Fun Time: Ride A Bicycle and Help the Environment
My wife, Malathi, does not like to drive. Her car remains parked on our driveway 99 percent of the time. Malathi drives it only on weekends, usually to go shopping and to ensure that raccoons and other creatures do not start living inside the engine compartment.
Malathi has two preferred modes of transportation: cycling and walking. Only if she’s unable to use one of these modes does she resort to a third mode: Huber.
Huber is what you get when you combine husband and Uber.
Yes, if Malathi is unable to bike or walk, she usually gets me to drive her. Did I mention that her car sits idle 99 percent of the time?
Our house, thankfully, isn’t far from the university where Malathi works. It’s one of the main reasons we bought the house. Malathi can pedal to work in just 12 minutes. It’s mostly a downhill ride, but uphill when she returns home, so she praises gravity in the morning, curses it in the evening.
By riding her bicycle, she gets a little exercise, fresh air and the ability to ride on pavements, often passing motorists stuck at traffic lights. She also saves money on gas and does her small part in reducing air pollution and helping the environment. She doesn’t have to worry about parking—there is plenty of space on the bike rack outside her building, and no risk of anyone accidentally backing up into her bike.
Many people around the world ride bicycles out of necessity—they can’t afford to buy cars, motorbikes or scooters. But even in wealthy countries, bicycles are increasingly popular, not just for recreation but also transportation. In Denmark, for example, more than 90 percent of the population own bikes, compared with about 60 percent who own cars. The country has promoted biking by building a vast network of bike lanes and bike highways, and by imposing heavy taxes on gas and automobiles. Heading home from the office at rush hour, you might find yourself stuck behind dozens of bicycles. You’ll feel like you’re in the Tour de France, but with hardly anyone on steroids.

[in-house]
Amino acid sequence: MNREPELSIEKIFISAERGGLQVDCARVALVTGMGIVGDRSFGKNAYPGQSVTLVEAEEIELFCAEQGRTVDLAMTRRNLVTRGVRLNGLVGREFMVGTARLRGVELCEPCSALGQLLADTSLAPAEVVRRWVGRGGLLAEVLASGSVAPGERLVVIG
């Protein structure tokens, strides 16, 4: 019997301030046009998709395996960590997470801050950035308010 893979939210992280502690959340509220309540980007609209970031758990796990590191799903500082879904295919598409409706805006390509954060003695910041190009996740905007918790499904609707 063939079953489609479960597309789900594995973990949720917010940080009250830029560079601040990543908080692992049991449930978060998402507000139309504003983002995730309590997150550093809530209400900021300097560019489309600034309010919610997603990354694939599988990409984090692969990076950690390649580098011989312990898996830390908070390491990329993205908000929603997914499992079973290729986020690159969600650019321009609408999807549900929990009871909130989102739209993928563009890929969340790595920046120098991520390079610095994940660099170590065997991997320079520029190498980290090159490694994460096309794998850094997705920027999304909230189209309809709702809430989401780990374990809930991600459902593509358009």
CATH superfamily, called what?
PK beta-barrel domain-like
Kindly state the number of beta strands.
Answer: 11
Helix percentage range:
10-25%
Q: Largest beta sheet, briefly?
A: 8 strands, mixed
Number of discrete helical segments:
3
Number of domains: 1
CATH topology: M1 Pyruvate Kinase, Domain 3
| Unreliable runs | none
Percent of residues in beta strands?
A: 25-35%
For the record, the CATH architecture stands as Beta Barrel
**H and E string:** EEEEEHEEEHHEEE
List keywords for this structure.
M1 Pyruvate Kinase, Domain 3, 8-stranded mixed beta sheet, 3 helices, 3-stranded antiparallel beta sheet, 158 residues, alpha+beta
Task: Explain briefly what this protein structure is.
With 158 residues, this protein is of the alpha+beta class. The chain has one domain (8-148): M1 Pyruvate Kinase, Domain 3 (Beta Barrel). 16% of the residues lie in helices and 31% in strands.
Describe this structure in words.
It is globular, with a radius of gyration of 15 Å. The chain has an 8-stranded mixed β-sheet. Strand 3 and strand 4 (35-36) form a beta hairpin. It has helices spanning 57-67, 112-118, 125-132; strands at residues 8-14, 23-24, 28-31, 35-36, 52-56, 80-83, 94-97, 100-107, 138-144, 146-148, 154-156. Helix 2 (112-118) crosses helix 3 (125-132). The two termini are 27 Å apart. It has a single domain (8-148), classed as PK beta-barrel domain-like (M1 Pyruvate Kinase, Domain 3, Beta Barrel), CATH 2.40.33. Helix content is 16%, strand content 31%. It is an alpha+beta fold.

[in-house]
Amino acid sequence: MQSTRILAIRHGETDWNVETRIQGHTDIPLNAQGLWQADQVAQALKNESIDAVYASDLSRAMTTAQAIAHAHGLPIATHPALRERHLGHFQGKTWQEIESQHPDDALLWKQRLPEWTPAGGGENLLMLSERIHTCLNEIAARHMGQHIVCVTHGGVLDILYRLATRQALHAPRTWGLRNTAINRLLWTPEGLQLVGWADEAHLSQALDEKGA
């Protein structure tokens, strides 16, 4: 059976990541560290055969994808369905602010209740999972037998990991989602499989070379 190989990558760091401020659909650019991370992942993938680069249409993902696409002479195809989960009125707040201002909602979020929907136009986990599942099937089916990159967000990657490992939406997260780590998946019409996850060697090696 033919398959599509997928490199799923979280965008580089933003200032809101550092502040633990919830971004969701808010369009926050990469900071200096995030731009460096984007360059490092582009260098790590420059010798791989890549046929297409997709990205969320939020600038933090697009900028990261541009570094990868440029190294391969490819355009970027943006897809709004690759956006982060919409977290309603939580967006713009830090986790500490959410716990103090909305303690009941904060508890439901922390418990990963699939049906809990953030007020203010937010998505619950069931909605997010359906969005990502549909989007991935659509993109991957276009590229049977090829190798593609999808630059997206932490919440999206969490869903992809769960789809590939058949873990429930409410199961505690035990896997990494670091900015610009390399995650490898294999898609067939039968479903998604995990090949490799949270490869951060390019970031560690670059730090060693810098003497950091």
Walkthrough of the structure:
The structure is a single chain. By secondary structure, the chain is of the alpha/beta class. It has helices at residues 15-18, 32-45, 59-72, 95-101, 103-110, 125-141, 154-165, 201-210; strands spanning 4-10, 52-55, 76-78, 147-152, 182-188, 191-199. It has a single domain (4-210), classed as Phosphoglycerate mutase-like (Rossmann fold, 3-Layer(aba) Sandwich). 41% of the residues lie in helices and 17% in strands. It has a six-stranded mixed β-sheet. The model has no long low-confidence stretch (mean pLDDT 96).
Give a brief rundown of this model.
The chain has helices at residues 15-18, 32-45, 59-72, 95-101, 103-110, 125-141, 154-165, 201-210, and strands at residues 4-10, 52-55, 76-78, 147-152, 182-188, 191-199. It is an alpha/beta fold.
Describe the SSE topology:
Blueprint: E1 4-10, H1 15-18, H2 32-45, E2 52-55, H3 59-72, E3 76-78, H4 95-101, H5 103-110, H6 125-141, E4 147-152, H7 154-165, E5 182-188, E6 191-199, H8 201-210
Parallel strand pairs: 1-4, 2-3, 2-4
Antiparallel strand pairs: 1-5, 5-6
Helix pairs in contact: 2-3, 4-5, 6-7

Most people do not live close enough to their workplaces to use bicycles. But short errands within their neighborhoods can easily be done on pedal power. More towns and cities need to create bike lanes to encourage people to ride bicycles and to keep them safer. Too many cyclists, unfortunately, have been struck by cars while riding on the side of busy roads.
Many accidents are also caused by cyclists who don’t take enough precautions, whether it’s riding too fast, forgetting to apply the brakes, or failing to wear helmets. I always wear a helmet these days, partly because I’ve fallen off bikes several times. The worst fall occurred in my college days. I fractured a bone in my right hand, but the attention and sympathy I received while wearing a plaster cast almost made it worth it. That’s what’s great about being young – nobody faults you for being reckless. But if you hurt yourself when you’re older, your wife will shake her head and say, “What an idiot you are.”
My most recent fall occurred a few years ago, when I was riding a little too fast as I approached an intersection. My rear brakes weren’t working well, so I squeezed my front brakes, which caused the bike to throw me off like an angry horse. I injured one of my fingers and scraped my knee. It took me more than month to recover from the fall. To this day, my finger still hurts and the word “idiot” still rings in my ears.
Despite my falls, I’m a big fan of the bicycle. It’s one of the greatest inventions in history. Not only does it give us cheap transportation, it also gives us enjoyment and exercise—all without polluting the earth.
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Compiled and partly written by Indian humorist MELVIN DURAI, author of the novel Bala Takes the Plunge.
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